At this point, I knew I wouldn’t be able to fake them out any more. I told them I wasn’t comfortable with the fact that they had my phone number, and I wanted to call them back to ensure that they were a legitimate operation. The man on the other end of the phone didn’t bat an eye at this. He immediately gave me a phone number, which I immediately Googled. The number he gave me was used in other scams previously.

I thought I would write about this experience for two reasons. First, it’s worth knowing that something like this particular scam could happen to less tech savvy folks. Second, this is a data point in a trend of phishing attacks becoming more personalized. I expect to see more attacks like this, not fewer.

Book: The Friar and The Cipher

Posted on January 2nd, 2012 in Books, Computer Security | No Comments »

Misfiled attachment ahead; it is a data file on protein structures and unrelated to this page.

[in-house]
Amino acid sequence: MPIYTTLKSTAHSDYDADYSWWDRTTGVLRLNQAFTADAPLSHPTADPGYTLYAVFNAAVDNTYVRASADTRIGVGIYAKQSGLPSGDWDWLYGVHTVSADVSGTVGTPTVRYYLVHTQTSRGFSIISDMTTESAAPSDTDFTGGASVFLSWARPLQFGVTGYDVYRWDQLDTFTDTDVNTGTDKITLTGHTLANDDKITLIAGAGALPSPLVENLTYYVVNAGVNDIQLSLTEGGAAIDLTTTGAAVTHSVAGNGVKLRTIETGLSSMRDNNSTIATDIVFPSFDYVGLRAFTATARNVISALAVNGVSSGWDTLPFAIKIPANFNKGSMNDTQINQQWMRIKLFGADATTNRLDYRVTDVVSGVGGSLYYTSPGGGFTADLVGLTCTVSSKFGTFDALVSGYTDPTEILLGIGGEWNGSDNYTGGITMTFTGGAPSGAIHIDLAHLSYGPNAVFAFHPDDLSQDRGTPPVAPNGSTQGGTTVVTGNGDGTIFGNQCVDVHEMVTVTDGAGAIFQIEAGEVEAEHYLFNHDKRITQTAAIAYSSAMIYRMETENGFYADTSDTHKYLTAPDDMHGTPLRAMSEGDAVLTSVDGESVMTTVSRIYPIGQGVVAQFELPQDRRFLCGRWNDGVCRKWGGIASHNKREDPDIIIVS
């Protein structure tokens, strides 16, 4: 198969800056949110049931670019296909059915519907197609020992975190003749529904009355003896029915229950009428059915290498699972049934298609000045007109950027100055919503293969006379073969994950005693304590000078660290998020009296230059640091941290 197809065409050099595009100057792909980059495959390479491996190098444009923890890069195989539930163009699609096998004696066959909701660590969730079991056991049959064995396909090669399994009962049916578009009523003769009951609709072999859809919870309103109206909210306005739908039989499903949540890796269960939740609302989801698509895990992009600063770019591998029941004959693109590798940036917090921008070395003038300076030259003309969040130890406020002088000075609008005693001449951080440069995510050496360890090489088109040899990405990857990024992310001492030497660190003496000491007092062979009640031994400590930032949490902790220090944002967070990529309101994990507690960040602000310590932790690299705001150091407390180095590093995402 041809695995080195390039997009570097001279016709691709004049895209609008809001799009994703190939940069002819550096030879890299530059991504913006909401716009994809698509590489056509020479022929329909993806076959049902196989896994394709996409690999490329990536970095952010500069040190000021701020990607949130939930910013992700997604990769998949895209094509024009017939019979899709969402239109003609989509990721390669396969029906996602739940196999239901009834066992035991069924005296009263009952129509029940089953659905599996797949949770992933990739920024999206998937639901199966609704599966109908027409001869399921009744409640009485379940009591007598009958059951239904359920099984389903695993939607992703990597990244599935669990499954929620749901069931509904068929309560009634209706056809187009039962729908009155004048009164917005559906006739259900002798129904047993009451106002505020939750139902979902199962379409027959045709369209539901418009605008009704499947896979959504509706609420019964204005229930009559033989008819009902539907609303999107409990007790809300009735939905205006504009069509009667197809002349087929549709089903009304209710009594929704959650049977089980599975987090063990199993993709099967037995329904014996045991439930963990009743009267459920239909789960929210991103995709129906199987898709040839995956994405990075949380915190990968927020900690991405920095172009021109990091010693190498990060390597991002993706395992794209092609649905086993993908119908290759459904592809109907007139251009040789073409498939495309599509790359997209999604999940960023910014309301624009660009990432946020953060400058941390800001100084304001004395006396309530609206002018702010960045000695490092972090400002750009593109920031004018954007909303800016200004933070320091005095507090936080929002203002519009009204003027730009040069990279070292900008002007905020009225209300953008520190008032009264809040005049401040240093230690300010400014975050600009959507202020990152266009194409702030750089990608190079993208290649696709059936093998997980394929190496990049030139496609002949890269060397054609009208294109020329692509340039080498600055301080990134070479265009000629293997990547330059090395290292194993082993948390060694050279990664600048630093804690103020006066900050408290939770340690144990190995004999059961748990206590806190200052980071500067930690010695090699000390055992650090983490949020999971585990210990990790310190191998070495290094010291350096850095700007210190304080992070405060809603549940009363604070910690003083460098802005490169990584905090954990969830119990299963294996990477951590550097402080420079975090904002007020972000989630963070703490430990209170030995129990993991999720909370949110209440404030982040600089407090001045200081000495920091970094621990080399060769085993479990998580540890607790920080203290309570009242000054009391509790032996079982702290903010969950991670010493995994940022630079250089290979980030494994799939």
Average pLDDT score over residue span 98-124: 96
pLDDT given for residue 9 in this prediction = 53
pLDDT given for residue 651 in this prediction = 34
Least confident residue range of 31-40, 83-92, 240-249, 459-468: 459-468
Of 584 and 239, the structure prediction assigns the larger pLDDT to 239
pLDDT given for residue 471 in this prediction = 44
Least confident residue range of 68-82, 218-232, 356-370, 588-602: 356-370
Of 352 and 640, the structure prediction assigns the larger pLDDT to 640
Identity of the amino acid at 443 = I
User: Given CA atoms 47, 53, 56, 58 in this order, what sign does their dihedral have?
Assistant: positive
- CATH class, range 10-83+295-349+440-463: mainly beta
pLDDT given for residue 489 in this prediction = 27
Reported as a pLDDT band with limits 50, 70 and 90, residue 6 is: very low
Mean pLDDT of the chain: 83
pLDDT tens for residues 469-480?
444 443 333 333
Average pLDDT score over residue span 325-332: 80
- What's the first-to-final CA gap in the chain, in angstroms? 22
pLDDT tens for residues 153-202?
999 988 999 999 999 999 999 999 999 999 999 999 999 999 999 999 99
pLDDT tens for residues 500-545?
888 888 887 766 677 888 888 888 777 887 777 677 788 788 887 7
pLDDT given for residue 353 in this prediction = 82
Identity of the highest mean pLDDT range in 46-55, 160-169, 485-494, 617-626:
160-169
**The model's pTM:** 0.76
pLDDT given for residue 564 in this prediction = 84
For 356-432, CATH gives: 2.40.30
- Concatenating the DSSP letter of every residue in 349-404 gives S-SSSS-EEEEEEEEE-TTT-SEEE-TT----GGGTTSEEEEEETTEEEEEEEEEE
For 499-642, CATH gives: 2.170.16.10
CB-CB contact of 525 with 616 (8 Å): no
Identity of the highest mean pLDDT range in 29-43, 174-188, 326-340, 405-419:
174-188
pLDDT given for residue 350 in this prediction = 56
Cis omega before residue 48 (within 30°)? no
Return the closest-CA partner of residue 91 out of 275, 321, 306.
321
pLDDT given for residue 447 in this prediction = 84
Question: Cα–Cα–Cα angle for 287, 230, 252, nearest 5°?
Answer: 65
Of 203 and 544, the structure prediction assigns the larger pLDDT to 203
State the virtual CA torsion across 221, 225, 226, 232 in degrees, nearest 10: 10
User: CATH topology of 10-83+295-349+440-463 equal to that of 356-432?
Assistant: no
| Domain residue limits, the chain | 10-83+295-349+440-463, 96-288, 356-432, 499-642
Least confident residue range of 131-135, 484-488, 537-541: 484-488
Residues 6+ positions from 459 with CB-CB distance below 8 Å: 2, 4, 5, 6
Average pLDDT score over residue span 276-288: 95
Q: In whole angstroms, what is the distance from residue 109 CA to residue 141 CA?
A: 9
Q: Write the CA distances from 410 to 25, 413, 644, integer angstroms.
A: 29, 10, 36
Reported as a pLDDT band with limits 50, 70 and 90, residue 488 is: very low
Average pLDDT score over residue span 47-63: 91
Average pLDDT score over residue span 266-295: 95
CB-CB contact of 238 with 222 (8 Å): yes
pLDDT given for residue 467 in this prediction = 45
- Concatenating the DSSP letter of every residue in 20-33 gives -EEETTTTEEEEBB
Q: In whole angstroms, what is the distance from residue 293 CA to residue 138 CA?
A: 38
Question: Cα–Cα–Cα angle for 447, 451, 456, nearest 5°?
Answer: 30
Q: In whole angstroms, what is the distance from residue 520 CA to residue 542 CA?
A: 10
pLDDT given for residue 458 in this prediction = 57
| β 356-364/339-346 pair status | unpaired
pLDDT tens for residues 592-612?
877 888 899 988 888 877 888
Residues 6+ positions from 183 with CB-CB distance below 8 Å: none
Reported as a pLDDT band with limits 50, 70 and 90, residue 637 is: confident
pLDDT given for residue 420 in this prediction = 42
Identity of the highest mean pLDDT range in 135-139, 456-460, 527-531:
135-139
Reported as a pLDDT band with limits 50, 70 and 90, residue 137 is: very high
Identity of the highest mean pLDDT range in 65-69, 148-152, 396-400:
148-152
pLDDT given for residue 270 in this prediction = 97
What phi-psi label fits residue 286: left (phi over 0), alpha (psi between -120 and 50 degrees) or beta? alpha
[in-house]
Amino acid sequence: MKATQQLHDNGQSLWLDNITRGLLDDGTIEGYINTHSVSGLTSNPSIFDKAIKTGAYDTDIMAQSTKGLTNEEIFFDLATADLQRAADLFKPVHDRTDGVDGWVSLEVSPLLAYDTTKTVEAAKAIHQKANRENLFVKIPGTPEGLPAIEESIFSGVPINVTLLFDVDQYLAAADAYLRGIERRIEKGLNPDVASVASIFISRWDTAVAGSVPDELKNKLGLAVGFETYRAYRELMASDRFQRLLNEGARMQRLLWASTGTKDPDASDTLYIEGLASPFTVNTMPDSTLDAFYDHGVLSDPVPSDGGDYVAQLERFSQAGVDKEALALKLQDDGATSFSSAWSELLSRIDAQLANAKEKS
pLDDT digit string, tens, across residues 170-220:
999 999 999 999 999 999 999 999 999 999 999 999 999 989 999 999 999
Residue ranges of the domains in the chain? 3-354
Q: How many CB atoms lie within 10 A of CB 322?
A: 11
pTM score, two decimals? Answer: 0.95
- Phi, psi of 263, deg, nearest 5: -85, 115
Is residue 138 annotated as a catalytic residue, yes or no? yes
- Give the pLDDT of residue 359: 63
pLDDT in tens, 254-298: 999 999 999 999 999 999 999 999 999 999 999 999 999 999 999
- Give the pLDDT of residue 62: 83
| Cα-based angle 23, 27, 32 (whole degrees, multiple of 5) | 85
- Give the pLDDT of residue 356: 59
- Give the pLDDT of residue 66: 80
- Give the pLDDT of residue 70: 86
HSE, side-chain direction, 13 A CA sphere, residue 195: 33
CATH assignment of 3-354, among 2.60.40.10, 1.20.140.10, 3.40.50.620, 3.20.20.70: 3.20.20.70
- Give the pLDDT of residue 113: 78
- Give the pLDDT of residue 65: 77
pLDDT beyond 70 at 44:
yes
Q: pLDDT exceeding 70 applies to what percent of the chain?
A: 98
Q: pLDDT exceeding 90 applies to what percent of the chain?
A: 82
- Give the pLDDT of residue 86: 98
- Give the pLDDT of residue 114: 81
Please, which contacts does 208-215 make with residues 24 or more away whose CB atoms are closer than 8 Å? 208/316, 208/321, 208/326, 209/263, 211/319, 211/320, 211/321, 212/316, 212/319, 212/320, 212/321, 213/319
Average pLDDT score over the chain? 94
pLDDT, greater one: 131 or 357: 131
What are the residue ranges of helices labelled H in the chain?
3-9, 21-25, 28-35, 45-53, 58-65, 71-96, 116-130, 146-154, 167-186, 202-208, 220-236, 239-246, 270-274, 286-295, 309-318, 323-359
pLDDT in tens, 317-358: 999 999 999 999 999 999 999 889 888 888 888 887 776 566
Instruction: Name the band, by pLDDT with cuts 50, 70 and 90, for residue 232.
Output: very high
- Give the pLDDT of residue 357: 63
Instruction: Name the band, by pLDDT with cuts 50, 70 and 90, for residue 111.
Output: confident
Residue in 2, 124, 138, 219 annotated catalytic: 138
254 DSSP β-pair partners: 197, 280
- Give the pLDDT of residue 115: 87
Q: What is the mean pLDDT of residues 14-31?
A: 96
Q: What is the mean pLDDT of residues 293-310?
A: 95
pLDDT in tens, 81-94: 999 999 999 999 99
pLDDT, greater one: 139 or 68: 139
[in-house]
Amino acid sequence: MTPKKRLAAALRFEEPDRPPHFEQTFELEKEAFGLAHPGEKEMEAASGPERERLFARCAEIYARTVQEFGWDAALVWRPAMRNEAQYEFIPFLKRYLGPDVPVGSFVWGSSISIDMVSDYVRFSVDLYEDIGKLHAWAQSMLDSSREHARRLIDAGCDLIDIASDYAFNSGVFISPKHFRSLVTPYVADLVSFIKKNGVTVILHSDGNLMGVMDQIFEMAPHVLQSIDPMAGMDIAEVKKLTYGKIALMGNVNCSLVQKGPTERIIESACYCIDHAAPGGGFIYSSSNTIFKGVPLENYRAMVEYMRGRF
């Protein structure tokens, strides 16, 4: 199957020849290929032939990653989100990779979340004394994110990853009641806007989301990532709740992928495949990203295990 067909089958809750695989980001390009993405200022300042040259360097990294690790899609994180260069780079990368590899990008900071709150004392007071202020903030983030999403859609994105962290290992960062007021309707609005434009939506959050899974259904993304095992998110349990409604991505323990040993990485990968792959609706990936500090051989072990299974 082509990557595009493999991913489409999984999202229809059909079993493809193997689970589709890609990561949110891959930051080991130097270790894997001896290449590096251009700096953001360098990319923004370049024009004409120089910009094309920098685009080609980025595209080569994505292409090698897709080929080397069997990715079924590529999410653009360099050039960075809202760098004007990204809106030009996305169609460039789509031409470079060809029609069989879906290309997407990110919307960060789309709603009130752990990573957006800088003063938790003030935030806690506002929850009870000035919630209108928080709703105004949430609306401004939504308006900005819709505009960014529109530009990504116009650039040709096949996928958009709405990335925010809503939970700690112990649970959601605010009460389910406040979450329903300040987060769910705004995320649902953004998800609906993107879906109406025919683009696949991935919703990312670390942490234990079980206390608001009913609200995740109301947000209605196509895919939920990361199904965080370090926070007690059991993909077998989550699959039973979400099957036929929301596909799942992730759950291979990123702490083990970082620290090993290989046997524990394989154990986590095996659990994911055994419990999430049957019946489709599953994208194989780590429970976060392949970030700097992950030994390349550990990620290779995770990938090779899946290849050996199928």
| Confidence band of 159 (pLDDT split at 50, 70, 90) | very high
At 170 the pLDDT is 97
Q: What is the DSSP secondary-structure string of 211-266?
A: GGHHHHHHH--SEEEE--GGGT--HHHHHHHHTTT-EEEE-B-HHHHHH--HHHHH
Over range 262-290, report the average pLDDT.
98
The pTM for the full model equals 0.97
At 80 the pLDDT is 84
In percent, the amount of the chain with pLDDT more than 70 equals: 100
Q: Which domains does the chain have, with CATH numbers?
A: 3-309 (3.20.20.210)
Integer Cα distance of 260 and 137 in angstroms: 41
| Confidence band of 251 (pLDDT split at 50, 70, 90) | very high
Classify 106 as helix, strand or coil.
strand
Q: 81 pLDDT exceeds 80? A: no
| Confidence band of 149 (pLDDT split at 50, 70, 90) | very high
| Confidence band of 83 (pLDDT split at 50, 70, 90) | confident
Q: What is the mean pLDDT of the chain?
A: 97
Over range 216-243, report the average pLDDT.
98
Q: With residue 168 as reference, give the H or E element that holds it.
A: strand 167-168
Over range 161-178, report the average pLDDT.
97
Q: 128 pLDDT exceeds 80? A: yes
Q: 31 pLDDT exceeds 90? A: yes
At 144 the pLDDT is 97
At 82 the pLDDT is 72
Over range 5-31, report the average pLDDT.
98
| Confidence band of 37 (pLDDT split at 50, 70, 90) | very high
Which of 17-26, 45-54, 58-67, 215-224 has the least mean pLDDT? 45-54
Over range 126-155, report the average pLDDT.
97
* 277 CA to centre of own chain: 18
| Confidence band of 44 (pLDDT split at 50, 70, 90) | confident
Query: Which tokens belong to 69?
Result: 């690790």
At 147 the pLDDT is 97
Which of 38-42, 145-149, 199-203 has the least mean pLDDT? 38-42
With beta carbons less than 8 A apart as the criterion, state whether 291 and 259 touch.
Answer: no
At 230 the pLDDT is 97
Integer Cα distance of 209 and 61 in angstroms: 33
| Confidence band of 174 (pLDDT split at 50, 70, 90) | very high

I picked up a copy of The Friar and The Cipher by Lawrence and Nancy Goldstone from a used book store called Recycled Books in Denton, TX over Thanksgiving weekend. Sometimes when I’m in a book store with that much personality I will find a book that fascinates me, I’ll pick it up, and I’ll read it all rather quickly. The last time I did that was with Surveillance. I enjoyed finding both of those books in their respective used book stores, and reading something unscheduled and totally off my radar is something I plan to do again in the future.

I finished reading The Friar and The Cipher in less than a week, but it’s taken me quite some time to write the review of it. I was interested in the book because I love cryptography and everything on the dust jacket of the book indicated that it was roughly half about the Voynich manuscript. The Voynich manuscript is one of the most interesting puzzles in cryptography and linguistics. It’s a 240 page book written in the early 15th century, and its contents remain a complete mystery. The script is not latin, arabic, or any other recognizable alphabet, but the arrangement and frequency of the characters appear to have many of the same characteristics of natural languages. Deciphering it would almost certainly become a world-wide story regardless of what it actually says.